Madison’s black leaders to roll out plan to get more minority voters to the polls

Black voter turnout dropped 19% in 2016 election

Black leaders representing more than a dozen organizations in the Madison area are joining forces to increase voter turnout among minority groups this November.

With the midterm elections less than two weeks away, the coalition is rolling out its plan Thursday in an effort to get out the vote.

The leaders say they want communities of color in Wisconsin to know they have a voice this November and to make it count, after turnout among black voters fell about 19 percent in the 2016 election as compared to 2012, according to an estimate based on data from the U.S. Census, polls, and state voter files. That drop was four times the national average.

Black leaders in Madison say turnout was down because, unlike 2008 and 2012, there were no black candidates on the top of the ticket in 2016.

“It was easy to motivate our communities when President Obama was on the ballot,” said Bishop Harold Rayford, President of the African American Council of Churches. “But we noticed in past elections that a lot of people voted when his name was on the ballot, but didn’t vote in this past election. We want to change that.”

Madison black leaders say their efforts aren’t an attempt to get more people to cast their ballots for Democrats like Obama. They say they aren’t promoting any agenda or particular candidates. Rather, they’re challenging people to do their own research and cast their ballots for the people and agendas they believe will best serve them.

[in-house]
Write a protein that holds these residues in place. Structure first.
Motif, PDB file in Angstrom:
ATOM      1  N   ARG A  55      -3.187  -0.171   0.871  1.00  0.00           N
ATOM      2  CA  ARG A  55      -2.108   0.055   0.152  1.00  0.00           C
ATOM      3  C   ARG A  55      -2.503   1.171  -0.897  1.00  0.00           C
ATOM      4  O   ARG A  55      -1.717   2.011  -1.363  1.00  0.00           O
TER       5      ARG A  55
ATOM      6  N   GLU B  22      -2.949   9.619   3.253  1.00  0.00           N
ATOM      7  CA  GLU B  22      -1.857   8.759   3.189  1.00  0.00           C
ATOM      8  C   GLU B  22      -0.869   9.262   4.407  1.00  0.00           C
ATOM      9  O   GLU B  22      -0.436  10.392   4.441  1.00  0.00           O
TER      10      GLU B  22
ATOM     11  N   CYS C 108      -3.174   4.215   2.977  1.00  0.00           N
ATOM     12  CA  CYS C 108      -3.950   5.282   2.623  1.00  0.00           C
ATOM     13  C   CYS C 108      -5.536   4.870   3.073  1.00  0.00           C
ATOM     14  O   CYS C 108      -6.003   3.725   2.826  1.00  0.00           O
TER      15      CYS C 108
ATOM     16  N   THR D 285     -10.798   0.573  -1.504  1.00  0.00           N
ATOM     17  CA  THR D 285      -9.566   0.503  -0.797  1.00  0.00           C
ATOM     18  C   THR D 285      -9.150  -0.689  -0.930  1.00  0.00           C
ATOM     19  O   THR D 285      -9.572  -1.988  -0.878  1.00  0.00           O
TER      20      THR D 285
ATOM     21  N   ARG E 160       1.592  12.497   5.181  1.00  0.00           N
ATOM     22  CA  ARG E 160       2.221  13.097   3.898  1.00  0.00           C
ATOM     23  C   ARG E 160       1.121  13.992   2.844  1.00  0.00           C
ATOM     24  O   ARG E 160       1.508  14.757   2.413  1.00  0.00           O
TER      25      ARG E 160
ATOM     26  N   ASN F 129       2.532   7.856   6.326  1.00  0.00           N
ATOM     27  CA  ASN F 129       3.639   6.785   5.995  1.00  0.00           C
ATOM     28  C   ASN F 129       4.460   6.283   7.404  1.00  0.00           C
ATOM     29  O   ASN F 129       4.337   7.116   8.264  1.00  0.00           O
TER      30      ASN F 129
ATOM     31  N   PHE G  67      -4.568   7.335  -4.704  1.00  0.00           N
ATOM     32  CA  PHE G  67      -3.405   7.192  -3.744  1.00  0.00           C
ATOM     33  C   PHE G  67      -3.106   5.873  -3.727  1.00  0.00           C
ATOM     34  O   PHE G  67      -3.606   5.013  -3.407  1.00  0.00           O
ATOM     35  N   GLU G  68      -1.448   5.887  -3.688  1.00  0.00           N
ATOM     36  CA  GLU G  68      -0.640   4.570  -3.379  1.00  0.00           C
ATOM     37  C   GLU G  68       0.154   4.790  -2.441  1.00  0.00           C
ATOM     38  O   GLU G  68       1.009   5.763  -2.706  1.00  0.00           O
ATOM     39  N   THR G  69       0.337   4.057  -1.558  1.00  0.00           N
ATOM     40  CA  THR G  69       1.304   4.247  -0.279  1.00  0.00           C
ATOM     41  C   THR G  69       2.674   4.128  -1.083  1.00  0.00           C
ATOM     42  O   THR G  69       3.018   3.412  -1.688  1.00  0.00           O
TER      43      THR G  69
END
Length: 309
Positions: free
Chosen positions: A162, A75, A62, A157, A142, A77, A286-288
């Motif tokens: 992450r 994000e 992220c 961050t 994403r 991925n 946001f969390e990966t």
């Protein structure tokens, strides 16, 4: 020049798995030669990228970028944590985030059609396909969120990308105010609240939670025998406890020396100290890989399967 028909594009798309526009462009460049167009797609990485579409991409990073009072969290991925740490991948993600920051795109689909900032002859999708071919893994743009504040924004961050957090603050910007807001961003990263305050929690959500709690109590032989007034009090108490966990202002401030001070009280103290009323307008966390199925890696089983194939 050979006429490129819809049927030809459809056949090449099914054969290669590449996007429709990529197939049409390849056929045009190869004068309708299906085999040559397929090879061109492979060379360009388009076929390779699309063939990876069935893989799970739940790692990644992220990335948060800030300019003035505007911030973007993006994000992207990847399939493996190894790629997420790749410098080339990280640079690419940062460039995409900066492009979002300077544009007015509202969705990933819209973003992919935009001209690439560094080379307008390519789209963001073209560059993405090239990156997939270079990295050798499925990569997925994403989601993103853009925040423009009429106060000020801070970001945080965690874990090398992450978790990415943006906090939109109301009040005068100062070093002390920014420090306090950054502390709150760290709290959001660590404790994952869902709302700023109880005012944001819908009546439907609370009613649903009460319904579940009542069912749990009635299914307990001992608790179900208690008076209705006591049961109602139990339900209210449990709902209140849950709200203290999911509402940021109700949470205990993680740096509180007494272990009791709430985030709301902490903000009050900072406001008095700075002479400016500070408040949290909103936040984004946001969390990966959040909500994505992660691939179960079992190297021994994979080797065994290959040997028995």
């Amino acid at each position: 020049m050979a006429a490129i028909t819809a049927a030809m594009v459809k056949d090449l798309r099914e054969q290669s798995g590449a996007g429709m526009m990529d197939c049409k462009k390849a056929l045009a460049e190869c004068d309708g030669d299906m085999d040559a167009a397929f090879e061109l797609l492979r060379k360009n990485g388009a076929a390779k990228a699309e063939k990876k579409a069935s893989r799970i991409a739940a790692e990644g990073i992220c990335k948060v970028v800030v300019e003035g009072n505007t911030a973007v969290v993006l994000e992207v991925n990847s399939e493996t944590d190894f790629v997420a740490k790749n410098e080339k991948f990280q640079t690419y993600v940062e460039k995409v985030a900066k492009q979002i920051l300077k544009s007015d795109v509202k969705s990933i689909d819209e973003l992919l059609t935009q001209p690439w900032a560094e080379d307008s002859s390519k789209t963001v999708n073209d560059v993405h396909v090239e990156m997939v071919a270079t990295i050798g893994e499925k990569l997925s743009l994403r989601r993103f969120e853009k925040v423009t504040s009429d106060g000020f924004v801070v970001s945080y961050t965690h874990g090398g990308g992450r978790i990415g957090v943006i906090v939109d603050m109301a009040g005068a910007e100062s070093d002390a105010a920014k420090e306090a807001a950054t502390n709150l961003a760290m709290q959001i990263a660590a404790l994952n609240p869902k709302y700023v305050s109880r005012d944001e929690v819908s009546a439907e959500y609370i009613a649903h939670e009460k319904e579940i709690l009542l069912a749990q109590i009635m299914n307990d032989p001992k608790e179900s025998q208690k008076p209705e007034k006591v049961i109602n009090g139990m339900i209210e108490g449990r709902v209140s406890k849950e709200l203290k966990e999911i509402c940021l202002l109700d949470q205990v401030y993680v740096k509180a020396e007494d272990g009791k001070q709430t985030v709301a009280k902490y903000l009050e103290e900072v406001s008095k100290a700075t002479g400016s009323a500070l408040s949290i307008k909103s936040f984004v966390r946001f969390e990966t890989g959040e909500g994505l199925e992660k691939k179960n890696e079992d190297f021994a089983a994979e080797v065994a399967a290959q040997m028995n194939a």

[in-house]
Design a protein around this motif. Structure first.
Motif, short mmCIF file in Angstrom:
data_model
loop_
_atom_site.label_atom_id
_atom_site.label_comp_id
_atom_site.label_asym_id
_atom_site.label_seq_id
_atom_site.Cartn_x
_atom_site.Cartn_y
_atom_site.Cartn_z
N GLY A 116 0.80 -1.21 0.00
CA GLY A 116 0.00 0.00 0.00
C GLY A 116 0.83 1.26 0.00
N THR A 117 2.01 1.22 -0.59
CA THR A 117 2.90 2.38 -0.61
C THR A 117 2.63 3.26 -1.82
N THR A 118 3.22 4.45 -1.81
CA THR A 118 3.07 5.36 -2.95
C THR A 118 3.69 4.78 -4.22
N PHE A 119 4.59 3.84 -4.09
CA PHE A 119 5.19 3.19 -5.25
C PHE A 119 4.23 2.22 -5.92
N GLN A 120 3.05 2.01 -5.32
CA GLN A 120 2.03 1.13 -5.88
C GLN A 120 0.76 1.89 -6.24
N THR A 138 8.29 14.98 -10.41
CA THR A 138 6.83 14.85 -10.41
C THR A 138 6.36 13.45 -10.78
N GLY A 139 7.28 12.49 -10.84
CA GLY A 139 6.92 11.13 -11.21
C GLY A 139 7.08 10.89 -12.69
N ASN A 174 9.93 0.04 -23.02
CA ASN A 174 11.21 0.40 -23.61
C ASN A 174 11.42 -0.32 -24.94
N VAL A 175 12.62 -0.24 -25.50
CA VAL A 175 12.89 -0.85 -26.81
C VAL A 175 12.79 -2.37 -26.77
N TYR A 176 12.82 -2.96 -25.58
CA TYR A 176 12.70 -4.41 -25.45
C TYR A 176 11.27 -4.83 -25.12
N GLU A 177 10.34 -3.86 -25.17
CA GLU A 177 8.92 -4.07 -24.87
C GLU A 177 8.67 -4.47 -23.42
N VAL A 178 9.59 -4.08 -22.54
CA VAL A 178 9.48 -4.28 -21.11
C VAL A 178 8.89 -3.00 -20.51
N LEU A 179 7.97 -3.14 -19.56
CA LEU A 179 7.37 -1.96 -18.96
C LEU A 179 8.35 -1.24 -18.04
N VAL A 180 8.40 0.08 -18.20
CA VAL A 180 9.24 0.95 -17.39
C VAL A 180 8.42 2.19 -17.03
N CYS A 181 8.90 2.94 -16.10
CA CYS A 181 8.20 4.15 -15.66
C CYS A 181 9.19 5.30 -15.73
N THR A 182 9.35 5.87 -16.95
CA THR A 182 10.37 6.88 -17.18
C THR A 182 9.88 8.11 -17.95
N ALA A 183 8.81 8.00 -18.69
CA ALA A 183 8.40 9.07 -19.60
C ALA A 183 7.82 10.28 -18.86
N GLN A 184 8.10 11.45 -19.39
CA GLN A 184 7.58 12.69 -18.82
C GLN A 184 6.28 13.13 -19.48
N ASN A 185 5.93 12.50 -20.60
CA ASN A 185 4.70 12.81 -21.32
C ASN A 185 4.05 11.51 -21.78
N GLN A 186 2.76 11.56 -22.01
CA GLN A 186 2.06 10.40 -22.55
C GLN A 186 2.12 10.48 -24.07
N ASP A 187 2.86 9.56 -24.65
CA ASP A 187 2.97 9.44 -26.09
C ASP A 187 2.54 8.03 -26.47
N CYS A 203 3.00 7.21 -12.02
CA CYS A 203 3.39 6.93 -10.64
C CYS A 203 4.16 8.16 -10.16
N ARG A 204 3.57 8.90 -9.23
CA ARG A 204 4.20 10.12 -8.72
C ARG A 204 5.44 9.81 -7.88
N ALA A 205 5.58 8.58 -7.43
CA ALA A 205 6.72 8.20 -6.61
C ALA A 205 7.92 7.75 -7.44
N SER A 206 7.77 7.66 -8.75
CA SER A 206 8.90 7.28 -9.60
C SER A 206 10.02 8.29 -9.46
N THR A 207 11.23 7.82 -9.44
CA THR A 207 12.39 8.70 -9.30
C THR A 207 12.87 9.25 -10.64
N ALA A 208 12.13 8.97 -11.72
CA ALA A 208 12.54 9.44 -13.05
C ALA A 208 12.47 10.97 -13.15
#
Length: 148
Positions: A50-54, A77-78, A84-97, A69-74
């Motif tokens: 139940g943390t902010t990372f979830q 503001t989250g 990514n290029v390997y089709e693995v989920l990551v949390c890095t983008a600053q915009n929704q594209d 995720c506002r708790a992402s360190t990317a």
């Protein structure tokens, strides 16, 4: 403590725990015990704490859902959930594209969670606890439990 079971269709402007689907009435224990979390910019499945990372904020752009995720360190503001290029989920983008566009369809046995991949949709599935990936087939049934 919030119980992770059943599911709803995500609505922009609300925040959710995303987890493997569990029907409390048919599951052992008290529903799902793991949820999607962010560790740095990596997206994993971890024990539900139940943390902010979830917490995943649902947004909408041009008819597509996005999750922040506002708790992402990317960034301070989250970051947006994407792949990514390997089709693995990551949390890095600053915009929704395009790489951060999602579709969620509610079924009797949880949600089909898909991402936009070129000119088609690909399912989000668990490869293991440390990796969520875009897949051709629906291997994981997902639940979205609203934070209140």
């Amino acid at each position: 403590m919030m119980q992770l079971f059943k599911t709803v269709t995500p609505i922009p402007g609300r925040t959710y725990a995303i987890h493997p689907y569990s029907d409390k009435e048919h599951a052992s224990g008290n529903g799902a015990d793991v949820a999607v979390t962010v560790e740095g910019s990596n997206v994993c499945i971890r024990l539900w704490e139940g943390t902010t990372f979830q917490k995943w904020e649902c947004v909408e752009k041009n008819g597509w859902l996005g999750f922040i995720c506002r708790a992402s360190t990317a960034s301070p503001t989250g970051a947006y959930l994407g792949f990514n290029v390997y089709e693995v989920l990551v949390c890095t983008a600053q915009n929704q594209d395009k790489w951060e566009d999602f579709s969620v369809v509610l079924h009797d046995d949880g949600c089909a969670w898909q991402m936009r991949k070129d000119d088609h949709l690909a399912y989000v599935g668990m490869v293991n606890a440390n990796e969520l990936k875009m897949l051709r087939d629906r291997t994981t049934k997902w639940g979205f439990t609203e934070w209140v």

“I think people feel like their vote doesn’t count or that there’s going to be some sort of hassle when they go to vote. But we really have to change that because every vote, every election, every issue is important,” said Bishop Rayford. “We are not endorsing any person or political party. We just want people to vote. We understand that communities of color are no longer a monolith, which they have been historically. We just want people to vote.”

Rayford said he wants everyone to know who and what is on their ballot, from the people running for governor to the “man running for dogcatcher.”

At Thursday’s meeting, local leaders will talk about plans to drive voters to the polls, get them registered, find their polling place, and understand the issues up for election.

Leaders involved in this push represent more than a dozen organizations, including the Urban League of Greater Madison, the African American Council of Churches, the NAACP, black Greek organizations, and more.

The meeting starts at 1 p.m. Thursday at the Urban League of Greater Madison headquarters on Park Street.

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